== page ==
Service-Learning: Engaging Students Through Community-Based Learning Lance Arney, Ph.D. Associate Director and Director of Service-Learning Office of Community.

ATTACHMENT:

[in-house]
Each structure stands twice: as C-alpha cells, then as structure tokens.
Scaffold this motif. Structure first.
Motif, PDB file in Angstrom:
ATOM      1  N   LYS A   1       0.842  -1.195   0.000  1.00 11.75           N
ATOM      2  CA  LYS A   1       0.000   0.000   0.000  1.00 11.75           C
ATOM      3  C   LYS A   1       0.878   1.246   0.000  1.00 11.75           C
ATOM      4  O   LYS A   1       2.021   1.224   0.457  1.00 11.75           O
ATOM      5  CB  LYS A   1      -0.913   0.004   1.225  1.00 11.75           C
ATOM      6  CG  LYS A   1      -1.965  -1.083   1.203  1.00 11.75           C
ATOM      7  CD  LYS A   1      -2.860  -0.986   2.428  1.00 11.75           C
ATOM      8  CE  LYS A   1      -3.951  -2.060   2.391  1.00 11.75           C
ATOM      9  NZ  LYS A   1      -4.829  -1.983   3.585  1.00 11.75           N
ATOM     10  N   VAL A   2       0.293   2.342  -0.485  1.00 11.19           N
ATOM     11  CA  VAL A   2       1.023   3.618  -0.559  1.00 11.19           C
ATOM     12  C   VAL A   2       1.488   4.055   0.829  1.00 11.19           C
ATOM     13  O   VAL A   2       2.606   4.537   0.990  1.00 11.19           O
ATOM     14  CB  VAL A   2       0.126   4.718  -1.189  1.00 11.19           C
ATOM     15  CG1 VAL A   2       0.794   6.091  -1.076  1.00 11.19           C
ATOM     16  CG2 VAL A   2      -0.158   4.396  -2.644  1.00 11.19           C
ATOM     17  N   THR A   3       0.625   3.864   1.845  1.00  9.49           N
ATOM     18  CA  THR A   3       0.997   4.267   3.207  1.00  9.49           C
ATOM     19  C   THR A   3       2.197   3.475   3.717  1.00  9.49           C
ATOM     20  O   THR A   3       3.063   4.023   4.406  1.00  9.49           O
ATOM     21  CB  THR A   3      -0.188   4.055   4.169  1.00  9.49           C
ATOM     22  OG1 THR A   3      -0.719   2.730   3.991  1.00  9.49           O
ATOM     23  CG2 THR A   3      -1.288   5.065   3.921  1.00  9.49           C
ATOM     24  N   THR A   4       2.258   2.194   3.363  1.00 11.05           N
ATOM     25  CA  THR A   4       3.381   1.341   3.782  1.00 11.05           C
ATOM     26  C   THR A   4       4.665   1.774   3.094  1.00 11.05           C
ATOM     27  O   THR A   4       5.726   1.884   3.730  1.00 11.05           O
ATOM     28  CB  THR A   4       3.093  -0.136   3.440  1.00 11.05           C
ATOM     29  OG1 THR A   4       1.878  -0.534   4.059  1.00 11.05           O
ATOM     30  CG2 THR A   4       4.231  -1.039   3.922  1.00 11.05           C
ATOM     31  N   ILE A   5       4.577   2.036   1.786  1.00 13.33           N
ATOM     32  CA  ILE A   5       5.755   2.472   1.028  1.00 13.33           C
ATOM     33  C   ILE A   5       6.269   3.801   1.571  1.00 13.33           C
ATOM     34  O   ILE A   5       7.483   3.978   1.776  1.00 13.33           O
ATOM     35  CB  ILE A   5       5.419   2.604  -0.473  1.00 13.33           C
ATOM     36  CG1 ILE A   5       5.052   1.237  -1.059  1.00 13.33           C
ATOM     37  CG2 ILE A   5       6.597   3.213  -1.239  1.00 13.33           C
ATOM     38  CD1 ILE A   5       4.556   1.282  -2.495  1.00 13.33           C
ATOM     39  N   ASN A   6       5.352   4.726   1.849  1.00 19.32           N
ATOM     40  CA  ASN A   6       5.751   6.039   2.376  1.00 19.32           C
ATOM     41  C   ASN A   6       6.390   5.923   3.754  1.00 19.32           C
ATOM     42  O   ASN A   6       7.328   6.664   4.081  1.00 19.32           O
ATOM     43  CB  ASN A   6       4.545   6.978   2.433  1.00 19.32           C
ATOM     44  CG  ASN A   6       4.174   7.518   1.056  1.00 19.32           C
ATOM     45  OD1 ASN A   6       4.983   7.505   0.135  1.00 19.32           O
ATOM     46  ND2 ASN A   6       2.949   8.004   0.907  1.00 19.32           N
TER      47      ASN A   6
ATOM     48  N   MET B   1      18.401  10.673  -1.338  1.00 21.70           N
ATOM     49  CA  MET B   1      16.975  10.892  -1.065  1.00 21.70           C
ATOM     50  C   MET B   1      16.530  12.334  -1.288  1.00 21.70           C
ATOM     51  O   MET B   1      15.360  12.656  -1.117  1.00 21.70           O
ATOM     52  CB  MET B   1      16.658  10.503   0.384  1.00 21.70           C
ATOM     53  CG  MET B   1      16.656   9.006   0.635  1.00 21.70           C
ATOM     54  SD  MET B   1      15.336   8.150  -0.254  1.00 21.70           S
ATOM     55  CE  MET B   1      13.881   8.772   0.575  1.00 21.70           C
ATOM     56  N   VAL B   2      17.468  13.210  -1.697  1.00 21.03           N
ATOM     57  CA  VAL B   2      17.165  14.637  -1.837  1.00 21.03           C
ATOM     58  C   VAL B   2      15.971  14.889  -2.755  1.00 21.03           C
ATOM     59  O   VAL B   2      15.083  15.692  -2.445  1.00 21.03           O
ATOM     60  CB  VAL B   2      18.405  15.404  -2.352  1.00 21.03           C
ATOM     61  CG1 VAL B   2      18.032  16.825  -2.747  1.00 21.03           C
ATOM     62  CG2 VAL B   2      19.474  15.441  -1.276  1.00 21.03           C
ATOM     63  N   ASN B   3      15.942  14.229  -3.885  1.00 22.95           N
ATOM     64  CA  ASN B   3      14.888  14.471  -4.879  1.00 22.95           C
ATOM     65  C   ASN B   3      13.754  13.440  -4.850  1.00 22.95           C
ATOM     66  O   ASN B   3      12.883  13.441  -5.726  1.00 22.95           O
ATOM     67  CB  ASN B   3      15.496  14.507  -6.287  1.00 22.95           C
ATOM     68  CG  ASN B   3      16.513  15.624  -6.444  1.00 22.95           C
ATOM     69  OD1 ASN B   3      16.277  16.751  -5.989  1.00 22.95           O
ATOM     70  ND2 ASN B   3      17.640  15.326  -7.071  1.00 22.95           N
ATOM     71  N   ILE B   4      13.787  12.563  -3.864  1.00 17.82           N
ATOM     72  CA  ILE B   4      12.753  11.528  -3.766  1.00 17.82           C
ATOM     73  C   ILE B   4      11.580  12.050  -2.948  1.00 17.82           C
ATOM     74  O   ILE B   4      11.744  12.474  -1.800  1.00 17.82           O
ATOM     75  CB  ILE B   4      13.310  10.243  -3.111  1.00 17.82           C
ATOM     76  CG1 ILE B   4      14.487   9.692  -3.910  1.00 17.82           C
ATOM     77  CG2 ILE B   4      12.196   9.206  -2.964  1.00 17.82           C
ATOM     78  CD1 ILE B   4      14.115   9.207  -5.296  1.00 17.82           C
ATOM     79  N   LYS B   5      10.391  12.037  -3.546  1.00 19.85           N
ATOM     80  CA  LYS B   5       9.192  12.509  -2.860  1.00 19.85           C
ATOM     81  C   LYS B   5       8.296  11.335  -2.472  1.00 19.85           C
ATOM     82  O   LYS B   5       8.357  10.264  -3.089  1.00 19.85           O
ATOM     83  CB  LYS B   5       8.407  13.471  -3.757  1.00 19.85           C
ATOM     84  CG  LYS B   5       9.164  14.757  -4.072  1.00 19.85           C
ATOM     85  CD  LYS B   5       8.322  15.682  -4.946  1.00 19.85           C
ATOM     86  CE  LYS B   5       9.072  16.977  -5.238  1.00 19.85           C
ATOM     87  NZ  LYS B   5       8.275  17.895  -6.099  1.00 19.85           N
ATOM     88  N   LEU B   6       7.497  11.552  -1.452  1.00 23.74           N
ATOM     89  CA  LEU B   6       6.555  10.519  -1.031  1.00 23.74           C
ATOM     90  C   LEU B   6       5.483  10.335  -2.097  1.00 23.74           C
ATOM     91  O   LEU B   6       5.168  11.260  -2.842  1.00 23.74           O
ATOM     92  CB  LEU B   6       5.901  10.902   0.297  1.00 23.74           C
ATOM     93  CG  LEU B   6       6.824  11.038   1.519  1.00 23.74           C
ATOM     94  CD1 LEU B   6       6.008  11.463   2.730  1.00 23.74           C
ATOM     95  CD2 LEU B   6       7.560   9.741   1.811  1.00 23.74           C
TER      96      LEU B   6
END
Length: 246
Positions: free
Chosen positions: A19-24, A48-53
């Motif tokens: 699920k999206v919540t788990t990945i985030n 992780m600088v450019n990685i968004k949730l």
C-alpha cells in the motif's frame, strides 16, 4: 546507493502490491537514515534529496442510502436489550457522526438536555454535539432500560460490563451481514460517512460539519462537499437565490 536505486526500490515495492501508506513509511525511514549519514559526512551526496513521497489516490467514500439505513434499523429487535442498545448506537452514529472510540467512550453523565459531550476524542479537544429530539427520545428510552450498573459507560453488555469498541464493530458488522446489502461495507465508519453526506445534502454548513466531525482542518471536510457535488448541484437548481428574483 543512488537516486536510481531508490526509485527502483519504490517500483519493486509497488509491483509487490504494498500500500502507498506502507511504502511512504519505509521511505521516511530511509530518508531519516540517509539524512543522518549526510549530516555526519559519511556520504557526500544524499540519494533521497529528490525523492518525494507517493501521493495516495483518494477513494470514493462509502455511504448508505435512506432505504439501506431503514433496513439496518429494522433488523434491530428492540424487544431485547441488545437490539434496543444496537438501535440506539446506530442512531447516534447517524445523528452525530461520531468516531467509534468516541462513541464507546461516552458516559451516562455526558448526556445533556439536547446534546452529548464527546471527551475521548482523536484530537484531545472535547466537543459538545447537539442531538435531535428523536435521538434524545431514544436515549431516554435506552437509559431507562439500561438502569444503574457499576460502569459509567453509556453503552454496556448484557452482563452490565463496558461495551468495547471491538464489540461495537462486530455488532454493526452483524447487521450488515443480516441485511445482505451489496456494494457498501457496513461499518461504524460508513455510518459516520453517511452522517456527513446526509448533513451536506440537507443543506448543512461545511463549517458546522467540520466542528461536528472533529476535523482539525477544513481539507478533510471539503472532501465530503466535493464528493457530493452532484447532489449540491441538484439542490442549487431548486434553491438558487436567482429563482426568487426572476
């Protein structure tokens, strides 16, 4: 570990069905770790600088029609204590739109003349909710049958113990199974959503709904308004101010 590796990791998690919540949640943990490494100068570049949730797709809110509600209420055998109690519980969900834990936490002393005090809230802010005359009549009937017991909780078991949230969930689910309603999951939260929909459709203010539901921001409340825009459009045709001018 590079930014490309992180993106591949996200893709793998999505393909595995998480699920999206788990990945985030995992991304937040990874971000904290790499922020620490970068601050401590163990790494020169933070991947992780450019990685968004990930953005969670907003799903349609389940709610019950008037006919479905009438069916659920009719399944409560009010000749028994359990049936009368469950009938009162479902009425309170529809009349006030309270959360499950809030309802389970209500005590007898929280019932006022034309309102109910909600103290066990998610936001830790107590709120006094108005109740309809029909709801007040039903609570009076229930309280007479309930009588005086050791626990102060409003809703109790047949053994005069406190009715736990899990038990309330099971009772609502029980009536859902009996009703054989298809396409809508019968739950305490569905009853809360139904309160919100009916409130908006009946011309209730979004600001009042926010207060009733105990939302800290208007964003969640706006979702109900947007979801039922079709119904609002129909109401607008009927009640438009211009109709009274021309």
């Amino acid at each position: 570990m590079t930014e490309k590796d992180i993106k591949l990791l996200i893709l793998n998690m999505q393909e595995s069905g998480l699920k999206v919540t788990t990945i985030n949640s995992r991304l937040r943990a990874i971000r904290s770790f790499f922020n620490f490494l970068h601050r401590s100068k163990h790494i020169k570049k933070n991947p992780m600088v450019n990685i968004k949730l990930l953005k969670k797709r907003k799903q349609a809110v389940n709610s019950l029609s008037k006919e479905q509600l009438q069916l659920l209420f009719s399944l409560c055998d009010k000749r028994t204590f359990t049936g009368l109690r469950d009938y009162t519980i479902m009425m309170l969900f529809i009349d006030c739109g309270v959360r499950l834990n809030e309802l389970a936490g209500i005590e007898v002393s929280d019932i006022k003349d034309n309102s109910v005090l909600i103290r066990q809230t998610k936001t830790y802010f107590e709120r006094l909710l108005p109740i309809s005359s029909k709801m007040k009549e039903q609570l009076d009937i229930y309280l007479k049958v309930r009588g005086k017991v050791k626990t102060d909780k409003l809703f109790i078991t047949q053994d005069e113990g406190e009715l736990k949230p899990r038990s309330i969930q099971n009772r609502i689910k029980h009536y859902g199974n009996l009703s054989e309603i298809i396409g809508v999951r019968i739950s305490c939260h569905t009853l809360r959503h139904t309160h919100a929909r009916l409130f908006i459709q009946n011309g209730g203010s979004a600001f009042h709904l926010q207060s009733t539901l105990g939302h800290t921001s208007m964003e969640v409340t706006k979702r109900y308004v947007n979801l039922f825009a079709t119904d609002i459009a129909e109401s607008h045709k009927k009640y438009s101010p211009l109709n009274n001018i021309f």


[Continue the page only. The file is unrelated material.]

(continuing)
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Service-Learning: Engaging Students Through Community-Based Learning Lance Arney, Ph.D. Associate Director and Director of Service-Learning Office of Community Engagement and Partnerships email@example.com www.usf.edu/engagement Slide 2 Service-learning workshop Slide 3 What is service-learning? Service-learning* is a structured learning experience that combines community service with explicit learning objectives, preparation, and reflection. * Composite definition from Jacoby, B. and Associates. (1996). Service-Learning in Higher Education: Concepts and Practices. San Francisco, CA: Jossey-Bass. Seifer, S.D. (1998). Service-learning: community-campus partnerships for health professions education. Academic Medicine; 73:2. In Seifer, S.D. & Connors, K., Eds. Community Campus Partnerships for Health. Faculty Toolkit for Service-Learning in Higher Education. Scotts Valley, CA: National Service-Learning Clearinghouse, 2007. service learning service- learning reflection Slide 4 What is service-learning? Students involved in service-learning are expected not only to provide direct community service, but also to learn about: the context in which the service is provided, the connection between the service and their academic coursework, and their roles as citizens. Slide 5 Service-learning is a form of experiential education that: Slide 6 Service-learning is significantly different from other forms of experiential education in that it: offers a balance between service and learning objectives; places an emphasis on reciprocal learning; increases an understanding of the context in which clinical and/or service work occurs; focuses on the development of civic skills; addresses community identified concerns; and involves community in the service-learning design and implementation. Slide 7 How do I convert a traditional course into a service-learning course? Learn and Serve Americas National Service- Learning Clearinghouse Faculty Toolkit for Service-Learning in Higher Education contains a list of tips for getting started.tips for getting started Slide 8 What are some generally accepted pedagogical principles service-learning? The Service-Learning Course Design Workbook contains a set of principles of good practice for service-learning pedagogy.principles of good practice for service-learning pedagogy Slide 9 What elements should a service-learning syllabus contain? Exemplary service-learning syllabi: include service as an expressed goal; clearly describe how the service experience will be measured and what will measured; describe the nature of the service placement and/or project; specify the roles and responsibilities of students in the placement and/or service project, (e.g., transportation, time requirements, community contacts, etc.); define the need(s) the service placement meets; specify how students will be expected to demonstrate what they have learned in the placement/project (journal, papers, presentations); present course assignments that link the service placement and the course content; include a description of the reflective process; and include a description of the expectations for the public dissemination of students work. * From Heffernan, K. (2001). Fundamentals of Service-Learning Course Construction. Providence, RI: Campus Compact. Slide 10 What are some service-learning objectives for civic education and engagement? Examples of purposeful civic education objectives can be found in the Service- Learning Course Design Workbook. purposeful civic education objectives The American Association of Community Colleges has also assembled a Practical Guide for Integrating Civic Responsibility into the Curriculum.Practical Guide for Integrating Civic Responsibility into the Curriculum California State University Monterey Bay has also identified desirable outcomes of service- learning courses.outcomes of service- learning courses Slide 11 What are examples of reflection activities that can be used in service-learning? Check out the reflection activities compiled by Miami Dade College.reflection activities Learn and Serve America's National Service- Learning Clearinghouse has a fact sheet on reflection in higher education service-learning.fact sheet on reflection in higher education service-learning See also Northwest Service Academy's Service Reflection Toolkit, as well as the Reflection Template from Learning through Critical Reflection: A Tutorial for Service-Learning Students by Ash, Clayton, & Moses (2009). Reflection ToolkitReflection Template Slide 12 Key characteristics of high-quality reflection Reflection activities are implemented continuously throughout the course. Multiple opportunities for reflection before, during, and after community experiences prepare students to engage effectively in community work and invite them to explore the questions, challenges, and insights that arise over time. Reflection activities are connected to course goals and objectives. Reflection is deliberately integrative, designed to meet desired outcomes such as deep understanding and application of course material and development of particular skills (e.g., communication, teamwork, problem-solving) or attitudes and dispositions (e.g., sense of efficacy, ongoing commitment to civic engagement). Reflection activities are challenging, requiring students to think critically. Effective reflection creates a safe space without being so comfortable that assumptions or opinions go unexamined; it is essential to foster open inquiry, encouraging students to express and consider multiple perspectives in an environment, and stressing the values of civil discourse, reasoned analysis, and reflective judgment. Reflection activities are contextualized. Meaningful reflection addresses the course content and immediate community experience in ways appropriate to the larger curricular and community contexts, as well as students knowledge, learning styles, and backgrounds. * From Practitioners Guide to Reflection in Service-Learning by Janet Eyler, Dwight E. Giles Jr., and Angela Schmiede Slide 13 How do I evaluate the impact of service- learning on my students? Download the pre-survey and post-survey our office has prepared for evaluating the effects of service-learning on students.pre-surveypost-survey Slide 14 How should students conduct themselves during at their service-learning site? General expectations regarding good student conduct are presented in an orientation to the Dos and Donts of Service-Learning. Dos and Donts of Service-Learning This presentation is designed for students who are new to service-learning. Let us know if youd like to have a member of our staff come to your class to lead this presentation. Slide 15 How do I minimize and manage the risks involved in service-learning? California State University has published a very thorough Best Practices for Managing Risk in Service Learning, which contains materials that can be adapted and modified.Best Practices for Managing Risk in Service Learning Examples of guiding principles of risk reduction are also explained.guiding principles of risk reduction Slide 16 What are some guiding principles for building successful partnerships? Community-Campus Partnerships for Health has established a list of Principles for a Good Community-Campus Partnership.Principles for a Good Community-Campus Partnership Slide 17 What should I consider while developing an agreement with a community partner? Guidelines along with sample agreement forms and a worksheet for writing a partnership agreement or memorandum are available here.here Slide 18 How might I measure the strengths and challenges of a partnership? The Faculty Toolkit for Service-Learning in Higher Education contains a partnership assessment tool that can be used to measure the success of your partnership.partnership assessment tool Slide 19 How can I find community partners or let potential community partners know about my service-learning course? USFs Service Learning Pro database helps USF faculty inform the campus and surrounding community of their community engaged research initiatives and/or of community engaged learning courses they offer.Service Learning Pro Through use of an online database management system and an easy to use interface faculty can enter information about their service learning course and identify community organizations that are seeking to partner with USF. Slide 20 Is there a toolkit for faculty who would like to learn more about service-learning pedagogy and how to develop service-learning courses? Yes, Community Campus Partnerships for Health and Learn and Serve Americas National Service-Learning Clearinghouse have published a Faculty Toolkit for Service- Learning in Higher Education.Faculty Toolkit for Service- Learning in Higher Education Slide 21 What are some examples of toolkits or handbooks that other colleges and universities have put together for their faculty, students, and community partners? Service Learning Curriculum Development Resource Guide for Faculty, California State University, Long Beach Service Learning Curriculum Development Resource Guide for Faculty Faculty Guide to Service-Learning, Miami- Dade Community College Faculty Guide to Service-Learning Community-Based Learning Toolkit for Faculty and Staff, Weber State University Community-Based Learning Toolkit for Faculty and Staff Service-Learning Community Partner Workshop, Miami Dade College Service-Learning Community Partner Workshop Slide 22 What are some examples of service- learning courses at USF? Across fields and disciplines, faculty at USF have developed a variety of innovative service-learning courses with real-world impact. Service-learning for English language learners (English Language Program) Service-learning for English language learners Introduction to Urban Studies: Five years of service-learning (Geography, Environment and Planning) Introduction to Urban Studies: Five years of service-learning 211 Hotline Service-Learning Course (Aging Studies) 211 Hotline Service-Learning Course Community development in Lealman, Pinellas County (Geography, Environment, and Planning) Community development in Lealman, Pinellas County GPS/GIS technology with community mapping (Geography; Urban and Regional Studies) GPS/GIS technology with community mapping New Class Puts USF Students in the Middle of Life and Death Decisions (Aging Studies) New Class Puts USF Students in the Middle of Life and Death Decisions Social Psychology of HIV/AIDS (Psychology) Social Psychology of HIV/AIDS Mental Health Assessment of Older Adults (Aging Studies) Mental Health Assessment of Older Adults Visual Anthropology (Anthropology) Visual Anthropology Ethnicity and Health Care (Anthropology) Ethnicity and Health Care Anthropology of Childhood (Anthropology) Anthropology of Childhood Introduction to Urban Studies (Geography, Environment and Planning) Introduction to Urban Studies Ending Homelessness (Public Policy & Leadership, USF Sarasota-Manatee) Ending Homelessness Drama Therapy (Theatre & Dance) Drama Therapy Raising Awareness for Homelessness: A College Course with a Conscience (and a Taste for Art) (Public Policy & Leadership, USF Sarasota-Manatee) Raising Awareness for Homelessness: A College Course with a Conscience (and a Taste for Art) USF Big Sister and a Little Attention Make a Difference in Sulphur Springs (Geography, Environment and Planning) USF Big Sister and a Little Attention Make a Difference in Sulphur Springs Slide 23 Service Learning in the Disciplines How-to guides with theoretical background and practical pedagogical chapters written by specialists in their respective disciplines Environmental Studies Philosophy Nursing History Spanish Medical Education Sociology Political Science Religious Studies Planning and Architecture Tourism Accounting Teacher Education Biology Womens Studies Engineering Peace Studies Communication Studies Psychology Management Composition Lodging, Foodservice, and Tourism Slide 24 Campus Compact Slide 25 National Service-Learning Clearinghouse Slide 26 OTHER OCEP RESOURCES Slide 27 Fostering engagement across campus OCEP website OCEP website OCEP website OCEP website Our compilation of Service-Learning Resources and FAQs: http://www.usf.edu/engagement/resources/index.aspx Slide 28 Promoting community-based learning Workshops on developing service- learning syllabi and effective partnerships Workshops on developing service- learning syllabi and effective partnerships Slide 29 Promoting community-based learning Orientation materials and partnership protocols Orientation materials and partnership protocols Slide 30 Fostering engagement across campus Community Quarterly Newsletter Community Quarterly Newsletter Community Quarterly Newsletter Community Quarterly Newsletter